And why ex-offenders excel as entrepreneurs
Biases and stereotypes. Man, that’s a hard one. We all have them and each of us is influenced by them. Biases and stereotypes allow our brains to process information and make decisions quickly based on limited information. Most of the time, they are harmless: I don’t like tomatoes -> I should probably not eat that sandwich. It’s raining -> I should probably drive more cautiously. (By the way, 77% of weather-related fatalities are due to wet pavement.)
But when our biases and stereotypes cause us to make irrational decisions—that is, not logical or reasonable—that’s when we need to stop and reassess how our attitudes impact our behaviors, possibly to the detriment of ourselves or others. Let’s take employing people with criminal backgrounds.
Data specifically on unemployment or employment rates for people with criminal backgrounds isn’t readily available. Suffice it to say, unemployment is high for ex-offenders, as are the barriers to employment. Even a highly qualified candidate can be passed over for a job offer because of an unrelated criminal history. And it’s not even stated that it’s because of the criminal history. It’s just that, somewhere along the way, whether knowing it or not, someone allowed his/her biases and stereotypes about people who have been in jail to cloud his/her hiring decision.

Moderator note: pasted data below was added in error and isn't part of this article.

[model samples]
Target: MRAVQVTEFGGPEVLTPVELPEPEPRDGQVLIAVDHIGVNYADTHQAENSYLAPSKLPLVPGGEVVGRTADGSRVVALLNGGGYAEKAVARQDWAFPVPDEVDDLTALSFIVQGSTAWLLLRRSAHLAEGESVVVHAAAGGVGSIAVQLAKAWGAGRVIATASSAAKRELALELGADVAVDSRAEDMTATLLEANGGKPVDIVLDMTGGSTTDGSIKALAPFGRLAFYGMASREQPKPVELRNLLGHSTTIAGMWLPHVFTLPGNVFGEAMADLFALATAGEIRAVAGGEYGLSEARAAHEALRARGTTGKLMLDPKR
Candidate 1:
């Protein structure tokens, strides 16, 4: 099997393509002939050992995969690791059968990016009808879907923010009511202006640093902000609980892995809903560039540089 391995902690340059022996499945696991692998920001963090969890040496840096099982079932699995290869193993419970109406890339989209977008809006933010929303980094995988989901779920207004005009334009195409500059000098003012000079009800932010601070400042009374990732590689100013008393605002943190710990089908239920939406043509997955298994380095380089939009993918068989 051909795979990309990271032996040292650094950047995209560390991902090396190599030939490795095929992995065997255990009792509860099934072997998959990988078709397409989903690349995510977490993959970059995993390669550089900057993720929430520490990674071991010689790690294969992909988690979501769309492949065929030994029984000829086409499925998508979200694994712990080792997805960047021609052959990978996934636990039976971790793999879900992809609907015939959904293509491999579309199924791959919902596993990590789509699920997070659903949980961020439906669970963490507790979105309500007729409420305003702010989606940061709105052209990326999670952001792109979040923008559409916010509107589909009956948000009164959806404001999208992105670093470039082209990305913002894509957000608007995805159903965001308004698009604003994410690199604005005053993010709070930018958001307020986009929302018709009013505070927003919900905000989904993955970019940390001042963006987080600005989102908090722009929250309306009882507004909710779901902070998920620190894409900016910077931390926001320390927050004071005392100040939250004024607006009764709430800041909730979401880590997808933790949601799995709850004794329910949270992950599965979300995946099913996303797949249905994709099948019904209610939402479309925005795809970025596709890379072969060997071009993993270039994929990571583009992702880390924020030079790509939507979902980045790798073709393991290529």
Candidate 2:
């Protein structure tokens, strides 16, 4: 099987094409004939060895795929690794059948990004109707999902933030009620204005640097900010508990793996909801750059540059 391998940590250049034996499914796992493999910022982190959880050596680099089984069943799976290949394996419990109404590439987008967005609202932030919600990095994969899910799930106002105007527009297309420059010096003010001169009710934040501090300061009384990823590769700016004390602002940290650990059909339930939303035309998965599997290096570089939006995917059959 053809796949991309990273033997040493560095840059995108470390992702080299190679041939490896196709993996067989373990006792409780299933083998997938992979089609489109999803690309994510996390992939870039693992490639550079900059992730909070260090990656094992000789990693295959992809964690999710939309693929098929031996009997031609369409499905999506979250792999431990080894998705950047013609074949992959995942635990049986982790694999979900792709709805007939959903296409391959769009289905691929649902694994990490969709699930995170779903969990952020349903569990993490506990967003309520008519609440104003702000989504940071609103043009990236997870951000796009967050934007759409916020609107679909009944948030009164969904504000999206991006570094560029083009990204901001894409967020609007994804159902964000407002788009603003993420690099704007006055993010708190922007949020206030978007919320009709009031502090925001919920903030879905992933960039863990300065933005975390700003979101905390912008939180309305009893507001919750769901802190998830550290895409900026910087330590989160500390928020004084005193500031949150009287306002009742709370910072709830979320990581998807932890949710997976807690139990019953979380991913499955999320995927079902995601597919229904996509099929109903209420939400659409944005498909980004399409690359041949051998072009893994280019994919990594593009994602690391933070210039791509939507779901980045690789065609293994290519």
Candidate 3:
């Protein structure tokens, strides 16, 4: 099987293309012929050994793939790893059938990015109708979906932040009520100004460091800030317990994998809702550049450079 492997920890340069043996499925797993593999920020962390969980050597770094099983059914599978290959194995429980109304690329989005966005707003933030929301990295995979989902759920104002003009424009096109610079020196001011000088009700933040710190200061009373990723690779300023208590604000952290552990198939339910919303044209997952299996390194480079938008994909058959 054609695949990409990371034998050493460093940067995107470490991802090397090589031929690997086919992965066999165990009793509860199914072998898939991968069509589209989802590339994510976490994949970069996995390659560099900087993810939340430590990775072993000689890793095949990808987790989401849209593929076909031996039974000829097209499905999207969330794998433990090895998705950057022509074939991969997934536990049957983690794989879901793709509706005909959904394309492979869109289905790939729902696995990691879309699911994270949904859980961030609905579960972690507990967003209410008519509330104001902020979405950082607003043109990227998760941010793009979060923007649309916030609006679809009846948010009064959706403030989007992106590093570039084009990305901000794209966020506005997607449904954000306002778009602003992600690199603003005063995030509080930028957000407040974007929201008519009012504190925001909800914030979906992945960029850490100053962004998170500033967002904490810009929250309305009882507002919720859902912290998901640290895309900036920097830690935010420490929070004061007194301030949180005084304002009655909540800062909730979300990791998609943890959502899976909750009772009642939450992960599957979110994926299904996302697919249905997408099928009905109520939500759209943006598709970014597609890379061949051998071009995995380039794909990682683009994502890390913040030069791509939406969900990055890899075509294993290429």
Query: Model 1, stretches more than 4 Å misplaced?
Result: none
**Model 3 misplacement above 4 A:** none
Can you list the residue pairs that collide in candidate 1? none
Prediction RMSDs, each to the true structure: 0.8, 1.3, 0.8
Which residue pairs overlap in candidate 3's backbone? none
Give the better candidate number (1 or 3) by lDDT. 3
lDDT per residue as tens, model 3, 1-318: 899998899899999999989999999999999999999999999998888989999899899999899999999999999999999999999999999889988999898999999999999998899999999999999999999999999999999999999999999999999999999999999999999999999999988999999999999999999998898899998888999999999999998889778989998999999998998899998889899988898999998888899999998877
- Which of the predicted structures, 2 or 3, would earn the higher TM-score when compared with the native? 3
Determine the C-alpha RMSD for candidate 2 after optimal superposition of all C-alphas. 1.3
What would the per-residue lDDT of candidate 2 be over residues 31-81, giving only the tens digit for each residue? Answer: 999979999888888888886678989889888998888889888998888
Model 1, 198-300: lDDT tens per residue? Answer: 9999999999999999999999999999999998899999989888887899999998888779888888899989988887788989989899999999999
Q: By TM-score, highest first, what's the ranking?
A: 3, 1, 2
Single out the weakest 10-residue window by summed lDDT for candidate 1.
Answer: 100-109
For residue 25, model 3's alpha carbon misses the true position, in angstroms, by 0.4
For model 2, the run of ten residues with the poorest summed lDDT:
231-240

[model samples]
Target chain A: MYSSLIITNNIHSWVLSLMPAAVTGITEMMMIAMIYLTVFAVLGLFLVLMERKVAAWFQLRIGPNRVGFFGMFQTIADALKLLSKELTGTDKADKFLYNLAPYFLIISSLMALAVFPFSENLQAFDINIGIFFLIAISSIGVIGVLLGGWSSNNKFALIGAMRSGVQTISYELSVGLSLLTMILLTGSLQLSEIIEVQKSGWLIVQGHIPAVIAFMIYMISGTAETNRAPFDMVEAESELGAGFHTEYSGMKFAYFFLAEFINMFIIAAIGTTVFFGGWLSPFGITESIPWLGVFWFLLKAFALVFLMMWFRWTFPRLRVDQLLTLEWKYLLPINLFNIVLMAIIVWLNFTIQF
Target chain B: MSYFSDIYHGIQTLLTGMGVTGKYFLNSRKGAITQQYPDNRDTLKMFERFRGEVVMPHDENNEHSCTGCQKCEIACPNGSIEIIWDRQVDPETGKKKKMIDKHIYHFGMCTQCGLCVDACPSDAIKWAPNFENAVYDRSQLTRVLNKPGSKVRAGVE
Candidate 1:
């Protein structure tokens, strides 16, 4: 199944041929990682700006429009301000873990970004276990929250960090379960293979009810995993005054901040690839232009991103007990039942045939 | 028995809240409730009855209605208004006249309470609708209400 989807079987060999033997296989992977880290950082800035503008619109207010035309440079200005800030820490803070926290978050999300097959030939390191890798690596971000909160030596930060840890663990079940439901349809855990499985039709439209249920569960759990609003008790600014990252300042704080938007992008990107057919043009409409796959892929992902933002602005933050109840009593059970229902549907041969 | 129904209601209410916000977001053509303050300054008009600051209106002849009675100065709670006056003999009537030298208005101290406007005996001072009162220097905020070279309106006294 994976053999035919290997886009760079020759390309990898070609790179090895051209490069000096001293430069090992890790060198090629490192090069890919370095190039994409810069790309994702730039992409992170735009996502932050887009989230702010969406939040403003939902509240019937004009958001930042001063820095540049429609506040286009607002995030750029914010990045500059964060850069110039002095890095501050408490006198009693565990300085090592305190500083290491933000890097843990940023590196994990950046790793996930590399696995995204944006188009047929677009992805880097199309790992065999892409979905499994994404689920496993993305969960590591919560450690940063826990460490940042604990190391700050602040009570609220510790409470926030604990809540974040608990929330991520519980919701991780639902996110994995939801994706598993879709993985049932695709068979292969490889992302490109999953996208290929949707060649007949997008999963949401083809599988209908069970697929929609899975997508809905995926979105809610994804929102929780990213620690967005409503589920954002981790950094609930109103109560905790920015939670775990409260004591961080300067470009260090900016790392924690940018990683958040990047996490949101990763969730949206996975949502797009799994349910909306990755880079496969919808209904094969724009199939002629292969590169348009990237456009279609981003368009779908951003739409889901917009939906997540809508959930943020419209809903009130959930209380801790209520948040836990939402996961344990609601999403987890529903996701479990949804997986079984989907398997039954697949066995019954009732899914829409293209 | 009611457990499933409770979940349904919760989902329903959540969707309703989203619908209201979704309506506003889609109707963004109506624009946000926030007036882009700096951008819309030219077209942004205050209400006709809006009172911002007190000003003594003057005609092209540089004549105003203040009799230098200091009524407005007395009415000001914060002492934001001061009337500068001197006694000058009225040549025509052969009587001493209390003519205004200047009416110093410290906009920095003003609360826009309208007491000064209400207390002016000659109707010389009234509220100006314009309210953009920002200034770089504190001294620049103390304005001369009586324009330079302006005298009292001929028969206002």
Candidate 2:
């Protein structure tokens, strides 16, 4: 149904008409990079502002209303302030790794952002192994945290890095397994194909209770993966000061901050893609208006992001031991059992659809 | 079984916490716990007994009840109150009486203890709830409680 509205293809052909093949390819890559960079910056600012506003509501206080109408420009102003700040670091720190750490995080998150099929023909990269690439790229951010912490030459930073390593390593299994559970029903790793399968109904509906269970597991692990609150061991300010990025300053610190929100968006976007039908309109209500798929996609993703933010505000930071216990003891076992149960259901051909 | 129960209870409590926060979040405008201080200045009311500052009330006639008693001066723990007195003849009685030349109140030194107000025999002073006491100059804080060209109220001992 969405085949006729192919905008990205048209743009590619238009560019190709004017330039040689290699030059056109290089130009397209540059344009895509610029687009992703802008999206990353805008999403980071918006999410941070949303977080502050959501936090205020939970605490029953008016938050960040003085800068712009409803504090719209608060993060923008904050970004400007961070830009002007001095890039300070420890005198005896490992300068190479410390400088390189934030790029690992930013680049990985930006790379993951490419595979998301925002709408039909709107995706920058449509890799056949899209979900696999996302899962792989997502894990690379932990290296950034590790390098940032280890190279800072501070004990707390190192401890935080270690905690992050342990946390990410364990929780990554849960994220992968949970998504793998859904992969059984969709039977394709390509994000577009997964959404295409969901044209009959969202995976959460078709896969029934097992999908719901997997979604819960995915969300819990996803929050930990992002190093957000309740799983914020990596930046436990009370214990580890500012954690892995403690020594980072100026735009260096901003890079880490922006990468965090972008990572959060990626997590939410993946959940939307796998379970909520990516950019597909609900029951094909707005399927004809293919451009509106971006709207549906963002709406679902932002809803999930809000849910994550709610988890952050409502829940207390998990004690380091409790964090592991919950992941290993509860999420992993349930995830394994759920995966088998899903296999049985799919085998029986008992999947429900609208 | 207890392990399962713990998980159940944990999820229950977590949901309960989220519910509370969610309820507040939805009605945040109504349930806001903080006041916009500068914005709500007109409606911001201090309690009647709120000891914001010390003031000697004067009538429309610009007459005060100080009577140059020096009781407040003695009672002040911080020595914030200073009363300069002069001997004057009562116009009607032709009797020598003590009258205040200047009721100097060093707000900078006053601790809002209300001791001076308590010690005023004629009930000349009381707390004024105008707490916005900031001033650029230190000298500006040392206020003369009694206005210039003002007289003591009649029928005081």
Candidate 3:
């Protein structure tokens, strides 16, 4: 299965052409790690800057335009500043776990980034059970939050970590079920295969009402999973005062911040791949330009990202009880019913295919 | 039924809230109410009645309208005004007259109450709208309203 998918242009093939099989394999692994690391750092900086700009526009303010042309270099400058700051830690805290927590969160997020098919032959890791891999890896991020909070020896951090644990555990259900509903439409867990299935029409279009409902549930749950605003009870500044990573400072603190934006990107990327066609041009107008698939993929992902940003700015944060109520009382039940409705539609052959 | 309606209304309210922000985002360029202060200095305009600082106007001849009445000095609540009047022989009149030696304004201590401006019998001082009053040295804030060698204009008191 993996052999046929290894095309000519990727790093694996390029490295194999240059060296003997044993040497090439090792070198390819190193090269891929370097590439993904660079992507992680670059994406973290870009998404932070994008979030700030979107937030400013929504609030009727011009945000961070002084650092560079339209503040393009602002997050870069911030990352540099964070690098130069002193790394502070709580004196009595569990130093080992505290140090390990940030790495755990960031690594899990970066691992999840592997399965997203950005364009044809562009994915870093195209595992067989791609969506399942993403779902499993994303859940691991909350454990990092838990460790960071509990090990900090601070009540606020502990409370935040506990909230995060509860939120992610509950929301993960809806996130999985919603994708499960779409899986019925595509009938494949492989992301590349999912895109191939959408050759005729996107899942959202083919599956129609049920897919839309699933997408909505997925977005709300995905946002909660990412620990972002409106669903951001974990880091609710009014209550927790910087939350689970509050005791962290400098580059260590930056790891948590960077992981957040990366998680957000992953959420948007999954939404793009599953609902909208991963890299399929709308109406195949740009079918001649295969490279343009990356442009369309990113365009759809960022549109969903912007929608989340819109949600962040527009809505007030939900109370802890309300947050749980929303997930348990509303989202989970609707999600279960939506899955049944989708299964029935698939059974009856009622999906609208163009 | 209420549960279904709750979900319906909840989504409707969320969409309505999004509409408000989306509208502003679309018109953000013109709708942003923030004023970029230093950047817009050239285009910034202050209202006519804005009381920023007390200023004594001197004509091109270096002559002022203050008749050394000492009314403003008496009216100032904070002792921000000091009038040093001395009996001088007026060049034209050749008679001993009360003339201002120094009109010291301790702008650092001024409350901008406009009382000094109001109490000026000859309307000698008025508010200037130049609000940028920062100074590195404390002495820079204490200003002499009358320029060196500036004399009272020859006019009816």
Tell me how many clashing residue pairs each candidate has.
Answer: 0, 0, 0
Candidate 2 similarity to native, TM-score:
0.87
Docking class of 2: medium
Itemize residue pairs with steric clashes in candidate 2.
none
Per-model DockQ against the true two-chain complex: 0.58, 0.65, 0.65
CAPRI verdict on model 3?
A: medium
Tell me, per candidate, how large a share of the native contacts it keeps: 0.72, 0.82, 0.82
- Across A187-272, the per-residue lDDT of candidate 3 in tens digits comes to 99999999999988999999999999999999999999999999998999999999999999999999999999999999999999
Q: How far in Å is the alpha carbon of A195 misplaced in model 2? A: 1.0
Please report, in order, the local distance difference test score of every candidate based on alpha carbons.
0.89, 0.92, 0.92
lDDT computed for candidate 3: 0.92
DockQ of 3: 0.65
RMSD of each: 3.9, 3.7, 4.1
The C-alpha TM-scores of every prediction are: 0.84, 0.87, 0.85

I firmly believe in criminal justice. But, once one has served one’s sentence, I believe the debt to society has been paid. I also firmly believe that, like the best anti-poverty program is employment, I believe the answer to recidivism (i.e., the likelihood to reoffend) is a job.